The Latest In...
Five New EPA Polices Reduce Animal Testing
The Environmental Protection Agency released five new policies in June that will reduce animal testing and improve safety assessments for pesticides.
Three of the policies are designed to optimize the use of existing data, rather than conduct new animal tests. Two of the policies will reduce animal tests—including tests for eye irritation and genotoxicity—through the use of in-vitro and human cell based tests.
OECD Publishes New In-Vitro Test Guidelines
In July, the international Organisation for Economic Cooperation and Development published six new in-vitro test guidelines, which are used by companies and governments worldwide to assess the potential hazards of chemicals without live animals. Since 2006, the Physicians Committee has served as the Secretariat of the International Council for Animal Protection in OECD Programmes.
For the first time, an in-vitro test guideline is available for acute fish toxicity testing. Five other in-vitro tests were revised to expand their use beyond what they had been previously approved. For the first time, the BCOP and ICE tests can now be used by companies to certify a chemical does not cause eye irritation, replacing live rabbits. Three in-vitro skin irritation and corrosion tests were also revised to allow additional uses, replacing rabbits for painful skin corrosion testing.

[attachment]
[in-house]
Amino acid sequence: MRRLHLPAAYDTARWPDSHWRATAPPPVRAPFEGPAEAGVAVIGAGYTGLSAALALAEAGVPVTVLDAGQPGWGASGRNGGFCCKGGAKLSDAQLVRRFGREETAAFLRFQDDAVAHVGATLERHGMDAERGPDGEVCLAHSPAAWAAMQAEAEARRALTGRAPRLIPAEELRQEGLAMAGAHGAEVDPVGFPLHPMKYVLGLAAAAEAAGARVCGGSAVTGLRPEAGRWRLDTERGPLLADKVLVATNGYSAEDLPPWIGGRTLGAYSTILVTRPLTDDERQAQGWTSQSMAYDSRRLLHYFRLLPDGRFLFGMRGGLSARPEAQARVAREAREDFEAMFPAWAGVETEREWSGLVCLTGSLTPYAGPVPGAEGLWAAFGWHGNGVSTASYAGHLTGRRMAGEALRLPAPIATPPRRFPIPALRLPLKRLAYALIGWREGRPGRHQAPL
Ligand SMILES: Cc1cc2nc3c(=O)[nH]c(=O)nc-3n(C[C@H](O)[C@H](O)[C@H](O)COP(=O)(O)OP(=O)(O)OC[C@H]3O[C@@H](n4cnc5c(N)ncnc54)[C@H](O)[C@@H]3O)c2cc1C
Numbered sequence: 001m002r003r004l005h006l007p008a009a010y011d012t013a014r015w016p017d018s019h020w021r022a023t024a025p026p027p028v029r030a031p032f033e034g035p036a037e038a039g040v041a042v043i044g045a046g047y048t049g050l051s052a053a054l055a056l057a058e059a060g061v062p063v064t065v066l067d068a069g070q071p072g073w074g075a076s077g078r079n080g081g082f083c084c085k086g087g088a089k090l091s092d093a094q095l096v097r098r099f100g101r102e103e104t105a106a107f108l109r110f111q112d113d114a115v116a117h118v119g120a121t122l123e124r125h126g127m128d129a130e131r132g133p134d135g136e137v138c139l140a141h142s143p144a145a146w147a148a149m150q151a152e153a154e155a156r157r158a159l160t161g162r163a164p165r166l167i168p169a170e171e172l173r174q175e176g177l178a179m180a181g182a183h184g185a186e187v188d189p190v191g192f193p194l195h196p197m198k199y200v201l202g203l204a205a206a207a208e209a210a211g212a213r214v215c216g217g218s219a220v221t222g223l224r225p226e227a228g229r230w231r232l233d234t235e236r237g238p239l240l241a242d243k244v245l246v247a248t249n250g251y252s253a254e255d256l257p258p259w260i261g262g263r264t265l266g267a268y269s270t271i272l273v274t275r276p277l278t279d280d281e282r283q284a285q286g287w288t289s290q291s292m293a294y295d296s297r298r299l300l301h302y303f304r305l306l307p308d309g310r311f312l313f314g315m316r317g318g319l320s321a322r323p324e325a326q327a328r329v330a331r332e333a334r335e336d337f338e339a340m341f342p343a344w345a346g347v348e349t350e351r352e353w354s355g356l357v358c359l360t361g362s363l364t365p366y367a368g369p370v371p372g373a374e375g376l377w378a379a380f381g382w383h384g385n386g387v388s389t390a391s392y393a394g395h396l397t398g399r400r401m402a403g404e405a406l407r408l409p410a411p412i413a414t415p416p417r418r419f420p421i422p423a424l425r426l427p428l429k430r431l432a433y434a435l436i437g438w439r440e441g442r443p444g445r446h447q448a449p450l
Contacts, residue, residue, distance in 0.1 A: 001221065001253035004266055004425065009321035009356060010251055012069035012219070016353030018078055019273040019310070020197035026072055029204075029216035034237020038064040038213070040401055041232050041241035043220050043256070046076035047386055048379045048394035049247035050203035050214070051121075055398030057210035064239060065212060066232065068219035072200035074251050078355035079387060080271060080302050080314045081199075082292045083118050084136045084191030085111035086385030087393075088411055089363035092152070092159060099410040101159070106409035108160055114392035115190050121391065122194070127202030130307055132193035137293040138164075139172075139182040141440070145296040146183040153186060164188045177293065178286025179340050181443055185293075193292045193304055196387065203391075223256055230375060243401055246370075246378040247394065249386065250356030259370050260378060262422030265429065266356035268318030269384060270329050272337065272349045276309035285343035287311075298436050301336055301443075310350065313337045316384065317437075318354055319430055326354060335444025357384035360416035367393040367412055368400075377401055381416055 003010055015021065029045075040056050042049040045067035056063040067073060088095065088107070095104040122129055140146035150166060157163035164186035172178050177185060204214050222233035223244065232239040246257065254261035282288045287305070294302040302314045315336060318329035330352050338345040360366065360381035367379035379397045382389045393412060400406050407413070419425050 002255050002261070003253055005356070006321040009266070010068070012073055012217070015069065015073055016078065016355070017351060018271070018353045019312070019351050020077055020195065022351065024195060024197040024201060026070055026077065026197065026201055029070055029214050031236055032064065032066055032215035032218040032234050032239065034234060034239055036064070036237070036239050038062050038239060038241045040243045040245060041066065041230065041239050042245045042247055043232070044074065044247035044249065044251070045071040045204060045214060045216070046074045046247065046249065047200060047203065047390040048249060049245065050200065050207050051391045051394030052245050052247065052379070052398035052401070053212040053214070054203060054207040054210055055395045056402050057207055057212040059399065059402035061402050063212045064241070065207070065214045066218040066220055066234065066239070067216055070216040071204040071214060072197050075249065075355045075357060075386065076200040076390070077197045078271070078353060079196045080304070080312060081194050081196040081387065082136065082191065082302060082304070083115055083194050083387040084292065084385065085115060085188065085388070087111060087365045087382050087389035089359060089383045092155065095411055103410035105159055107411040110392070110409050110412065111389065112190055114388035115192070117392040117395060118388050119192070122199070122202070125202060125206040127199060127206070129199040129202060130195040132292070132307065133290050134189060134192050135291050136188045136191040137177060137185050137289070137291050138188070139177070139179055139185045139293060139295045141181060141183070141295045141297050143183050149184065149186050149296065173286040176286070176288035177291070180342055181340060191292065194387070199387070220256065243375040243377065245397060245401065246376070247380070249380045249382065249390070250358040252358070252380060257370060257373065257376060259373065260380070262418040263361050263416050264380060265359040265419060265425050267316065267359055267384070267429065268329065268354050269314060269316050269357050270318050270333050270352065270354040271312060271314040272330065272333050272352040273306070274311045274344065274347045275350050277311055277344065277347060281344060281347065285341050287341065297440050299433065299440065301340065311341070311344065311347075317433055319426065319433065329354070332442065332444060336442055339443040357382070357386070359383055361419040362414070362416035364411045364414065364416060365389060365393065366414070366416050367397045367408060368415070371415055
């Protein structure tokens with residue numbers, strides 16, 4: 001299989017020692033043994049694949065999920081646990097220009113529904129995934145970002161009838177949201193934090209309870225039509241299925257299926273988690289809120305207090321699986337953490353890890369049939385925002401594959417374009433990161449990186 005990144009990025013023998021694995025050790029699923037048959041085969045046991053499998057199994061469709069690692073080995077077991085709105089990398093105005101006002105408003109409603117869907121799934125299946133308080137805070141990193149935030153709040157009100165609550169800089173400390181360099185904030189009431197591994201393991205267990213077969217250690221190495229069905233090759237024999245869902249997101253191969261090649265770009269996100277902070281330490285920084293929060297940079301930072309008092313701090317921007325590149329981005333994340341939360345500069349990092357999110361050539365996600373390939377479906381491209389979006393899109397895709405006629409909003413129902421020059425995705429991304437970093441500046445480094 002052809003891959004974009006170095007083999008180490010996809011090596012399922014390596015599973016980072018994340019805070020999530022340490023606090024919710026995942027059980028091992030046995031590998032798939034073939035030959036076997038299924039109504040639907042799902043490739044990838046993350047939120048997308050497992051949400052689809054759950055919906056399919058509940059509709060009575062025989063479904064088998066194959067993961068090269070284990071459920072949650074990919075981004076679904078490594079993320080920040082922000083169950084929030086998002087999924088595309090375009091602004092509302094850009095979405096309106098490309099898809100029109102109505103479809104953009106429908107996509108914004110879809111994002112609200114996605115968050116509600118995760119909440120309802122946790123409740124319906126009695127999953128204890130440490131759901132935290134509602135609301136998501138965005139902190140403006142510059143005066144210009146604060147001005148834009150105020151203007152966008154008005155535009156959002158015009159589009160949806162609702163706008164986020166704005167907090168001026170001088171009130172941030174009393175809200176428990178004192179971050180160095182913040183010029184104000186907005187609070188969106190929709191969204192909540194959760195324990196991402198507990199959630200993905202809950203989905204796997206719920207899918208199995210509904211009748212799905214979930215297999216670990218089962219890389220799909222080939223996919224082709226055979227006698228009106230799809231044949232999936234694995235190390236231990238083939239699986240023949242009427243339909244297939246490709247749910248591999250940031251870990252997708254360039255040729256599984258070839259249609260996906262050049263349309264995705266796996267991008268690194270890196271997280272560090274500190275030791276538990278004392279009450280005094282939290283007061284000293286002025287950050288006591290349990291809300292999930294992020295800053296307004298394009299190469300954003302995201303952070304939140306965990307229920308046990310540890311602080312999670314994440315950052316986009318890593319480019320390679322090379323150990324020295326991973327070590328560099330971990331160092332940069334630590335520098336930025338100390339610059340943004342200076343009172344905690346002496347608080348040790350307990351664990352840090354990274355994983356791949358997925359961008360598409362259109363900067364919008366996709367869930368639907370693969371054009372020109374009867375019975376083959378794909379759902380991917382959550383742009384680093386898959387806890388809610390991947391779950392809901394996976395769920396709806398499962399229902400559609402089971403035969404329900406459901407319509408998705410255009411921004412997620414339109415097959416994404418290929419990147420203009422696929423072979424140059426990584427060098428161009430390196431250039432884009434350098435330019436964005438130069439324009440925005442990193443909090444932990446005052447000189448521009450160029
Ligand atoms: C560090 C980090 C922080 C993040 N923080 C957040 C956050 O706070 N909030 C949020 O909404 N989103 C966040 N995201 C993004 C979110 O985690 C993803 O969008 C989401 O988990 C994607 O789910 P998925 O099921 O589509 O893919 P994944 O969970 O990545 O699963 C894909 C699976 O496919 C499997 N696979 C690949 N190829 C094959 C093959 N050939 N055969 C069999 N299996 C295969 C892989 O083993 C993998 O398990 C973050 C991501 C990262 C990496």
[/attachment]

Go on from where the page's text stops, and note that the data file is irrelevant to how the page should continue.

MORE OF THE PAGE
The Work Plan for the Test Guidelines Programme was also published, giving a glimpse of what’s ahead. Regulators and stakeholders, including the Physicians Committee, are working on three nonanimal tests for endocrine disruption testing, a nonanimal test for skin allergenicity testing, and a test to assess the metabolism of chemicals, a key need that, once solved, will allow much more replacement of animal tests with in-vitro ones.
NEW NONANIMAL SKIN TESTS
Skimune is a new test that uses human skin and immune cells to reveal possible skin sensitization, such as a rash or blistering, or adverse reactions to drugs, cosmetics, and chemicals that may not be identified by using animal models.
Developed by researchers at Newcastle University in the United Kingdom, Skimune has been successfully tested by a number of large pharmaceutical companies on drugs in development.
A new study validates the ability of the nonanimal SenCeeTox test to predict a chemical’s likelihood of causing a human skin sensitization reaction. The test, developed by contract research organization CeeTox, uses reconstructed human epidermis, which could spare tens of thousands of mice and guinea pigs from painful skin sensitization testing.
Cosmetics Europe will conduct further validation of SenCeeTox that will be submitted to ECVAM, the European laboratory body that certifies new tests as valid.
Nonanimal tests such as Skimune and SenCeeTox are particularly important for companies to adopt now that the EU has banned sales of all animal tested cosmetics in Europe. Once approved, the tests will also prevent thousands of animal tests under Europe’s REACH chemicals legislation.
Red Meat Increases Diabetes Risk